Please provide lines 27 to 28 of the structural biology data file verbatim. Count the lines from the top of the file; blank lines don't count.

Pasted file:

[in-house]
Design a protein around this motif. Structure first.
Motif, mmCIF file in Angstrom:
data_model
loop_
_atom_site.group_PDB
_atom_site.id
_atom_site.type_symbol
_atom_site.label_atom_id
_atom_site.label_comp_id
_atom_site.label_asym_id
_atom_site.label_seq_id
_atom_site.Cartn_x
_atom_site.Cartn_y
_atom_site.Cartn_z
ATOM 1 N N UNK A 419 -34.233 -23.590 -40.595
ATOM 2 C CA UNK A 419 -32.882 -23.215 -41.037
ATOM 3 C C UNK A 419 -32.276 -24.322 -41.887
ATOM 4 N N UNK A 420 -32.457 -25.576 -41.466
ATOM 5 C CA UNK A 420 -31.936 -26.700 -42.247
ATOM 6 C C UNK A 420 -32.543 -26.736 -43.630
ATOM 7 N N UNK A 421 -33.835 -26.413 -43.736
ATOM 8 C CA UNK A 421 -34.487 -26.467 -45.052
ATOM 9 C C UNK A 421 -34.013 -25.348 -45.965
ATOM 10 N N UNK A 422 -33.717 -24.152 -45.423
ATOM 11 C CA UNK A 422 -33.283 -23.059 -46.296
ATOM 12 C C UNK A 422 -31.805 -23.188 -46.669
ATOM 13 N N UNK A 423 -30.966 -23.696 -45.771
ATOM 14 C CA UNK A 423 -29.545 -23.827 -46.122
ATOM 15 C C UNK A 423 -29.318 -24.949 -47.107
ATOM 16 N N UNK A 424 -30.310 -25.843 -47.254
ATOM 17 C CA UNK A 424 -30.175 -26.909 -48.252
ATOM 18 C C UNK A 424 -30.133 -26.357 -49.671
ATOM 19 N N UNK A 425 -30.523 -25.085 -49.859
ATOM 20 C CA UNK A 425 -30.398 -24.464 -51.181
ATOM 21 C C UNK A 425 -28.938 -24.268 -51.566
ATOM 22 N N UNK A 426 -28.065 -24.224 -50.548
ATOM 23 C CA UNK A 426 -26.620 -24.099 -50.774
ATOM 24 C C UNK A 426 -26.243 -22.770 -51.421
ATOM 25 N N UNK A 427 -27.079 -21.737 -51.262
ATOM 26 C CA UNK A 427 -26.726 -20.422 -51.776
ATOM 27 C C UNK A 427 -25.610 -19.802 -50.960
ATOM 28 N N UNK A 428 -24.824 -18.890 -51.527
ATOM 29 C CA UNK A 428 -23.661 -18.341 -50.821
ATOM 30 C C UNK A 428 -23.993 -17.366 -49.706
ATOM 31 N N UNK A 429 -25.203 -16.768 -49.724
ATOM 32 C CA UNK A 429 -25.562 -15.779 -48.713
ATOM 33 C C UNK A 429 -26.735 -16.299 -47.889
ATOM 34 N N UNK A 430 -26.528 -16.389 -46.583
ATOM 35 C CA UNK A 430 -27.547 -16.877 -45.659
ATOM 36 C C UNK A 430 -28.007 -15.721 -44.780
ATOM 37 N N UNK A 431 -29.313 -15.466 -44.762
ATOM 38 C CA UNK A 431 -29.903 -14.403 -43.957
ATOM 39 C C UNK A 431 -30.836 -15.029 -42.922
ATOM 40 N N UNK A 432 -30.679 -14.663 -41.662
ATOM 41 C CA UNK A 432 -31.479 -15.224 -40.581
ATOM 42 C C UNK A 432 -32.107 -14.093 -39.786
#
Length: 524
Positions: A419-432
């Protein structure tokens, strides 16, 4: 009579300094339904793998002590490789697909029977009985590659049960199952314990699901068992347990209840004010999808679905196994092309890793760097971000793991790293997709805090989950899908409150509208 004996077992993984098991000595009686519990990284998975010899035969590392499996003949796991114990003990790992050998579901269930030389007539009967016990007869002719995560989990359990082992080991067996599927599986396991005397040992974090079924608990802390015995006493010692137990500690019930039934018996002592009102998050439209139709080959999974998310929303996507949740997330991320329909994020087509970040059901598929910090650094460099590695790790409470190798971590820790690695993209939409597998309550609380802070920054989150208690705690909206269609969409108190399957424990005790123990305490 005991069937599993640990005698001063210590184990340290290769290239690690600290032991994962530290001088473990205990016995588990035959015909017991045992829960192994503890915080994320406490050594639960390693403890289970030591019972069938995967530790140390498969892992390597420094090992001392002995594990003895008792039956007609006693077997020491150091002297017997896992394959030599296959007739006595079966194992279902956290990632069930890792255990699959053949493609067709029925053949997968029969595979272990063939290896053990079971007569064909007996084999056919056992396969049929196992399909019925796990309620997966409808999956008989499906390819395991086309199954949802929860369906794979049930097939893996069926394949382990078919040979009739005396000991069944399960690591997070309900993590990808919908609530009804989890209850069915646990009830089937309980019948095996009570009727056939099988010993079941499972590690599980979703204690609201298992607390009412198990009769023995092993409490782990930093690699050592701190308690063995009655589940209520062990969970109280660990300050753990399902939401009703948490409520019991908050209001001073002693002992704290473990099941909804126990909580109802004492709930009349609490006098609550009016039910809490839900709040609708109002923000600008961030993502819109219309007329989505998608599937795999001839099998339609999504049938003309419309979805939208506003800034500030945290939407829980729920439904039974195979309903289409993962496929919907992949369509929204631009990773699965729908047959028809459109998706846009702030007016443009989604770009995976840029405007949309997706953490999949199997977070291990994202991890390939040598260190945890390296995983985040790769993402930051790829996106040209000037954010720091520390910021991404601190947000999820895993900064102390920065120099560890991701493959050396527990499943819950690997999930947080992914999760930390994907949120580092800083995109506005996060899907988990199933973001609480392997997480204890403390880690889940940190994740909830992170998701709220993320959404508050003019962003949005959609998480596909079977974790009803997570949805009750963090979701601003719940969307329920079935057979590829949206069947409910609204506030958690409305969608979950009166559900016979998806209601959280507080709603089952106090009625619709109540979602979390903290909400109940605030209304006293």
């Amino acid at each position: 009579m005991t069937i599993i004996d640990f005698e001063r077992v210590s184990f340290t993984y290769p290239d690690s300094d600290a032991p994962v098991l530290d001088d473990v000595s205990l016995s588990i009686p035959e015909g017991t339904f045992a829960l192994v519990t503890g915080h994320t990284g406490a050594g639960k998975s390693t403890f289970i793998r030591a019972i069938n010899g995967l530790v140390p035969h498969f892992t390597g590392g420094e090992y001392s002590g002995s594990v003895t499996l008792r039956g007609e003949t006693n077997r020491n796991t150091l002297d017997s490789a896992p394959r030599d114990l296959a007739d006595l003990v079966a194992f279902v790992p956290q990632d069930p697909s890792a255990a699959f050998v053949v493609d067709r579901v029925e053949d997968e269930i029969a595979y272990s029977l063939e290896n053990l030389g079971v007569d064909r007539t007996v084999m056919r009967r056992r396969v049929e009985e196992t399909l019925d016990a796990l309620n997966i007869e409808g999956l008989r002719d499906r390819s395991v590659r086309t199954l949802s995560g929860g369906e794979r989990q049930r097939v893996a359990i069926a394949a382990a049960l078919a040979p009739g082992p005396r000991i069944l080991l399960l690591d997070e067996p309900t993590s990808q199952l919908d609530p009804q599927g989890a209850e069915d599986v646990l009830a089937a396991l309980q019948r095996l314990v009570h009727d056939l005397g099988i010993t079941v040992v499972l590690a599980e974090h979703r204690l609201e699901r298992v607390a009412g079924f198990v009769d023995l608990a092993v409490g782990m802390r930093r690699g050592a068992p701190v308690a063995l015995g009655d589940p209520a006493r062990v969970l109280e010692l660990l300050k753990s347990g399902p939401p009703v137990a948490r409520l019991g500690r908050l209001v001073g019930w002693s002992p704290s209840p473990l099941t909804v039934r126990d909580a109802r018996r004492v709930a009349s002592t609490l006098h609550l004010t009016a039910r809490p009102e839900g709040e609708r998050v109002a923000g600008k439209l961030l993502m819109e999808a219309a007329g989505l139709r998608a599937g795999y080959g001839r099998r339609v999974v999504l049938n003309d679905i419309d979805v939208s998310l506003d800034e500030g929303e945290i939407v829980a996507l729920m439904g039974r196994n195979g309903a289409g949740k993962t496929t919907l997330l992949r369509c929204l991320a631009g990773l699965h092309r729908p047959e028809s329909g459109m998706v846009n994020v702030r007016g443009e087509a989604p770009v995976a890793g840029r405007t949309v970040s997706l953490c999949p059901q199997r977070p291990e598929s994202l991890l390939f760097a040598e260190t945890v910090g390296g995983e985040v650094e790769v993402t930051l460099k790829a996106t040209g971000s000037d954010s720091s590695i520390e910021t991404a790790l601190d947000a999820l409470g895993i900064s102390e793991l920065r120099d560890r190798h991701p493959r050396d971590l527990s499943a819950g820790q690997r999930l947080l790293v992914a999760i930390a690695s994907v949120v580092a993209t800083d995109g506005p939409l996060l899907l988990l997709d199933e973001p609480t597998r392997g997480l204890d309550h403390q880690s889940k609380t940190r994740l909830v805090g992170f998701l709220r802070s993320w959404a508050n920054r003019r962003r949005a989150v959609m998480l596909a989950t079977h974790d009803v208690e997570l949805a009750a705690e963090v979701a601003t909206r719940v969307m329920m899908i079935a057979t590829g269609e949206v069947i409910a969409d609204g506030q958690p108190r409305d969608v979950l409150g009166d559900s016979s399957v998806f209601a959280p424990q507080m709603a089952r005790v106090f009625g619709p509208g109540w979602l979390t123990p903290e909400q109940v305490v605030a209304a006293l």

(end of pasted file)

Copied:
ATOM 12 C C UNK A 422 -31.805 -23.188 -46.669
ATOM 13 N N UNK A 423 -30.966 -23.696 -45.771